Directed by Franck Khalfoun
A cavernous metropolis parking structure just might be one of the last things considered reminiscent of Christmas. It’s huge, dark, damp, and more than a little cold. The voluminous concrete confines are more akin to a sepulcher than that of a gingerbread house, and the mere image of one of these parking behemoths can serve as antithesis to all that is jolly. It’s a cold enough place if you’re with a car that won’t start and you can’t seem to find an unlocked exit.
And then it is a much worse sort of place if there is someone else lurking in the dark who doesn’t want you to leave.
Christmas Eve has arrived, and attractive corporate workaholic Angela Bridges (Nichols) is working late as usual. She cuts her escape at the last possible moment, as security is bolting down the building, but finds her car is dead in its spot. With everyone else already out enjoying the holiday, Angela finds herself looking for help from the poor lout stuck on the lonely duty of parking structure security guard. It’s with her meeting with security guard Tom (Bentley) that begins a very long night for Angela.
P2 is a paced story of hunter and hunted that roils with dark tension and suspense. Angela finds herself in some extremely unwholesome and nightmarish situations that seem to only get worse with each narrow escape. At first her evening seems merely bad and no worse; however the pacing of the film heats the fire with near expert precision. While things undeniably start bad for Angela, they are no where near as bad as where she is headed. Bad can only get worse and worse, in this case, means a lot of grisly guts on the floor.
The film keeps the tension on high, however it does find some moments of black humor. Much of this humor is behind the attitudes and actions of Angela’s pursuer, a man of some serious reality detachment, lack of social grace, and an unhealthy love of Elvis. As is actually true with real-to-life serial killers, this fellow just doesn’t understand just how bad his actions are. He just wants a little company for the holiday and doesn’t seem to think there’s anything wrong with a little torture and murder to get it. He wants to be loved, and that’s all that’s really important to the guy. Humor him, or die.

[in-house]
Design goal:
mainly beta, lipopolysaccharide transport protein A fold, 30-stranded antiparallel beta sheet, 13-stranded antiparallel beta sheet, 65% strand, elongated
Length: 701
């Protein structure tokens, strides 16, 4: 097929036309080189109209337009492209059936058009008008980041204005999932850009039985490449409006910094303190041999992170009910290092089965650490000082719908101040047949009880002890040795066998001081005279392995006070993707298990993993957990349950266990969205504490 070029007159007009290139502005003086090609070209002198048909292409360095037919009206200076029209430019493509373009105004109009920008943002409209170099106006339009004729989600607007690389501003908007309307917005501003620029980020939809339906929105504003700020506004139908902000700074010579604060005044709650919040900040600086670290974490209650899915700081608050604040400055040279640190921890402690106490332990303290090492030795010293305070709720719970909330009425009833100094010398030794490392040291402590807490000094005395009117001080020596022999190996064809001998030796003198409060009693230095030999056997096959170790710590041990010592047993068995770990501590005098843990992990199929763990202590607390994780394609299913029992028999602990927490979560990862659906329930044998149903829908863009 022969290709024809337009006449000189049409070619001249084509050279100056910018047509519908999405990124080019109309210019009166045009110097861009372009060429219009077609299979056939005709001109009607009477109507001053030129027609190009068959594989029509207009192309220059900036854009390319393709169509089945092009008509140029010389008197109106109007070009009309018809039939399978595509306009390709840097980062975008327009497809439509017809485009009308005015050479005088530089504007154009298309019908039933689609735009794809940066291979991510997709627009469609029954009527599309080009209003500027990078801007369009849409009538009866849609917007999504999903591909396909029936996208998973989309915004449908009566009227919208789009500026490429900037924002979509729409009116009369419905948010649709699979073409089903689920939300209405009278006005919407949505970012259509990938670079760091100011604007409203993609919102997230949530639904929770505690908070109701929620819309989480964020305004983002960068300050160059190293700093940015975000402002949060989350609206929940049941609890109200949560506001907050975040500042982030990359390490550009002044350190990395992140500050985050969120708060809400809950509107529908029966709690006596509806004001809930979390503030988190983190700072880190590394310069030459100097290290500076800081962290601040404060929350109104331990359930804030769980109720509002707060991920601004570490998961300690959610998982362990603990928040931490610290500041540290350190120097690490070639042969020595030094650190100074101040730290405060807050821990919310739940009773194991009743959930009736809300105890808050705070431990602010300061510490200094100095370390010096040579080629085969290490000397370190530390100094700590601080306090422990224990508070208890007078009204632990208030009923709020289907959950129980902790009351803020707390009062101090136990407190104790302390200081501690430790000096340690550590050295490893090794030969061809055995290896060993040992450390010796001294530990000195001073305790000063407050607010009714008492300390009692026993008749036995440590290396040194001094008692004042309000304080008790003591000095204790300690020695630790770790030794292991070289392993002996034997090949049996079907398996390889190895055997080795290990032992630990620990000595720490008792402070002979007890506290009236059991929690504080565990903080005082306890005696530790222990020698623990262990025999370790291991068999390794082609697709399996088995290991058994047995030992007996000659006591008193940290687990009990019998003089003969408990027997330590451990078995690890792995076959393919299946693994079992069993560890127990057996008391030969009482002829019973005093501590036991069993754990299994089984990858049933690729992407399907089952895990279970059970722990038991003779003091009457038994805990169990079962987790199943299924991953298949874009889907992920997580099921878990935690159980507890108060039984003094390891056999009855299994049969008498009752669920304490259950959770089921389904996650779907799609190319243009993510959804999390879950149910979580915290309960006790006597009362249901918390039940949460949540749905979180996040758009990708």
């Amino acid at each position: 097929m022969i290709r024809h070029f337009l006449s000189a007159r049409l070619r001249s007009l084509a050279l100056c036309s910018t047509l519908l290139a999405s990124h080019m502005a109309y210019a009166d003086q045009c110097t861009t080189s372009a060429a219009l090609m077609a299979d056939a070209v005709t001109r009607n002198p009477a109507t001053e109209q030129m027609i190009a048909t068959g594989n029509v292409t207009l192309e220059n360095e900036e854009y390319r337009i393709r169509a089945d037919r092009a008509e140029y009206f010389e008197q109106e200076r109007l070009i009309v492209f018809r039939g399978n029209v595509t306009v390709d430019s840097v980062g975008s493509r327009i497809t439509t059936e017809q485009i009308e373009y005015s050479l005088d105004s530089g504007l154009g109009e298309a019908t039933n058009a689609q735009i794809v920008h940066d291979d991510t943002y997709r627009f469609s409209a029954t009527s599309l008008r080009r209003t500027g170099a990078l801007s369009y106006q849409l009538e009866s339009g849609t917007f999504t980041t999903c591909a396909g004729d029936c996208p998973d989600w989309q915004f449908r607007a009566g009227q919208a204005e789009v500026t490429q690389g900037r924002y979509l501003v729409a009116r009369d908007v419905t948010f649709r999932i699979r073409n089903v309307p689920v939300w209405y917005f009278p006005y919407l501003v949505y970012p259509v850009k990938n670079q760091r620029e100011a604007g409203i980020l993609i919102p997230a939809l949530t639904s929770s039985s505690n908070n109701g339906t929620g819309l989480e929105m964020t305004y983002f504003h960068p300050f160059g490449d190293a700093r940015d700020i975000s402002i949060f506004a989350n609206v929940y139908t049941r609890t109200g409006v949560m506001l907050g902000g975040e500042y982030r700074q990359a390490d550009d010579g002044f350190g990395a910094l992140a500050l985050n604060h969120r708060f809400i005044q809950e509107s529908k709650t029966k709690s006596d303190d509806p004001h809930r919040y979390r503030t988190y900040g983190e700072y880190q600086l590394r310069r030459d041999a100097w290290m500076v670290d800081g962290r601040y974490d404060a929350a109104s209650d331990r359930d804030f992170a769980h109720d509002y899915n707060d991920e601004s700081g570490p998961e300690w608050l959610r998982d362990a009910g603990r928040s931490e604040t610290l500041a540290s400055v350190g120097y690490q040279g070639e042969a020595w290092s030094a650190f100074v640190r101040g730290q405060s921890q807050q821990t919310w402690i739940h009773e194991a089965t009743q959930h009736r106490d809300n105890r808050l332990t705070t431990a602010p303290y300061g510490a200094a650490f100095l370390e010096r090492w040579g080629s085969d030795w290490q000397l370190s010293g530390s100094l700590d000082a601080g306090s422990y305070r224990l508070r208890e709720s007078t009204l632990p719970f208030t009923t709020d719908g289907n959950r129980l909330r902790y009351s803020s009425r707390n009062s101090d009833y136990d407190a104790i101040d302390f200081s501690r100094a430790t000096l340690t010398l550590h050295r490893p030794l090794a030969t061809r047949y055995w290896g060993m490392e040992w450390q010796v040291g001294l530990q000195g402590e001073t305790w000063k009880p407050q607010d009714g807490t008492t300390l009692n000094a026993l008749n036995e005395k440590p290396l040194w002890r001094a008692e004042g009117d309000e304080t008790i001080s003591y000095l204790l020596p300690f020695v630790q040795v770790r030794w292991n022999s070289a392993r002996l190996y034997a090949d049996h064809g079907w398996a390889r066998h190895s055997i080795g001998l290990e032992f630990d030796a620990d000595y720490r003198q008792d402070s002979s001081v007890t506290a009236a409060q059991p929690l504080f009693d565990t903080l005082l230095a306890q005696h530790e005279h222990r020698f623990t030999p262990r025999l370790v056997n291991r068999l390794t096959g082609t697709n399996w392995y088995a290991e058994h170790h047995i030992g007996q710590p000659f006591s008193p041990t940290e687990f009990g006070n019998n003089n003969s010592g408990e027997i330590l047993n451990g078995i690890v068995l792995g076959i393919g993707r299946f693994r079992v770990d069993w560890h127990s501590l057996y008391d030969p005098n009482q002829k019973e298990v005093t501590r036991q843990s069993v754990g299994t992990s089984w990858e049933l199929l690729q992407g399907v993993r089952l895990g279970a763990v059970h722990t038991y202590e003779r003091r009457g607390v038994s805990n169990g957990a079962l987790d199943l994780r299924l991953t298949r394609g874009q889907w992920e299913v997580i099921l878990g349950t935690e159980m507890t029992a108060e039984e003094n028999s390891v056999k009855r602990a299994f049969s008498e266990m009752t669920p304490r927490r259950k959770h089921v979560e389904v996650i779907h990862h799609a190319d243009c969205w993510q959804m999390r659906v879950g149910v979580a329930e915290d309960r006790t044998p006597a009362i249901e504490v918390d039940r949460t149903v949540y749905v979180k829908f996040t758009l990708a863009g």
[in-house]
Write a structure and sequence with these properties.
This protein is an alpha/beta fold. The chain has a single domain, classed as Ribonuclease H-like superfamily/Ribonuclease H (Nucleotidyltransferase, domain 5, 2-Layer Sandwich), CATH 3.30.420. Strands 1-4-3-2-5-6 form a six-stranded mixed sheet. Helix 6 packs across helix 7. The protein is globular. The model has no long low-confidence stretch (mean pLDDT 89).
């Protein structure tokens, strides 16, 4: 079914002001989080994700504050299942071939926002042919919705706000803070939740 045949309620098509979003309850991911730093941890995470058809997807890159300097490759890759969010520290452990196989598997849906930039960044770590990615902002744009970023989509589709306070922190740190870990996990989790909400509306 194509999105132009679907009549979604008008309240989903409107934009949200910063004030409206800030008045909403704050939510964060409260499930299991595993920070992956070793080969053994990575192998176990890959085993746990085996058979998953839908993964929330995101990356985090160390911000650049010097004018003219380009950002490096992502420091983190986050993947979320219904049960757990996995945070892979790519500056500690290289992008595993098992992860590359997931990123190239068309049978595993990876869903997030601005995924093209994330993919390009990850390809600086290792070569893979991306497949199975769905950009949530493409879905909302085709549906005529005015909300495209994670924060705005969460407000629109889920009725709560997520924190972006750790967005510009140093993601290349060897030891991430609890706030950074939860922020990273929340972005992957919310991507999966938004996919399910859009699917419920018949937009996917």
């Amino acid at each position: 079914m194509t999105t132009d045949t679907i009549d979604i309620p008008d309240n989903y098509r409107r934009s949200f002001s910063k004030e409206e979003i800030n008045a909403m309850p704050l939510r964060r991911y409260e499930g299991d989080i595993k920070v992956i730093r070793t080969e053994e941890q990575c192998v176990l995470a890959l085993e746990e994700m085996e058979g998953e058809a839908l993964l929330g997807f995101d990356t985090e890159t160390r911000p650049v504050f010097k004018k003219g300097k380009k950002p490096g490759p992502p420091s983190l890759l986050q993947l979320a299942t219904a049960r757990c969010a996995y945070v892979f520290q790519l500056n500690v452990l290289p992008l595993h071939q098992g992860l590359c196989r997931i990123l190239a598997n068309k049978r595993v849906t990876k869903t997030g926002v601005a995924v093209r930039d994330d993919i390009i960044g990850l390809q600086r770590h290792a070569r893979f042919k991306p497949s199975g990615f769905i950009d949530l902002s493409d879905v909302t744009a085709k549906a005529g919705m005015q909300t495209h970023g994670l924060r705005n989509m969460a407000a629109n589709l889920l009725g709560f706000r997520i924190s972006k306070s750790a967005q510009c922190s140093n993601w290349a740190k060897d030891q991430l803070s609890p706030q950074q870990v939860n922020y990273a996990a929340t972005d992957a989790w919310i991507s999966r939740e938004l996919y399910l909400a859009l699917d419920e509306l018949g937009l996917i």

This film is not necessarily a new story, but it is one told well and in a unique environment. There have been a thousand or more films with a girl on the run from a madman; however P2 does everything right by having a fresh environment and keeping its tension on strong. The buildup of horror will keep people in their seats, as things just get so nightmarishly awful that they’ll need to see how it all ends. The peaks and pay offs are occasionally extreme; there is one scene in particular, one horrible sequence of guts and broken teeth, that will have people rolling in the aisles and covering their eyes.
While P2 is the directorial debut of Franck Khalfoun, it is also from the same core team of film makers who were behind the controversial film Haute Tension as well as the Hills Have Eyes remake. P2 features the screenwriting of Alexandre Aja and Gregory Levasseur (as well as also being co-written by Khalfoun), and the cinematographer work by Maxime Alexandre. Haute Tension struck a bad chord with many due to its rather awkward twist; however most will readily admit, besides this flaw, it is a well made and good looking film with well done horror and tension. The Hills Have Eyes remake did much to redeem this team in the eyes of the Haute Tension disparagers, and P2 just might finish the job of reparations.
A well done horror film with a Christmas theme is a particular rarity. Horror films set in this season are typically righteous camp, such as the classic Silent Night, Deadly Night and other killer Santa stories. P2 is a more sincere and serious horror venture, and stands out as possibly the best Christmas themed horror film since Black Christmas set its high mark in 1974. Without a doubt, horror fans have their Christmas horror film of the year, if not the last thirty. Enjoy it!
4 out of 5
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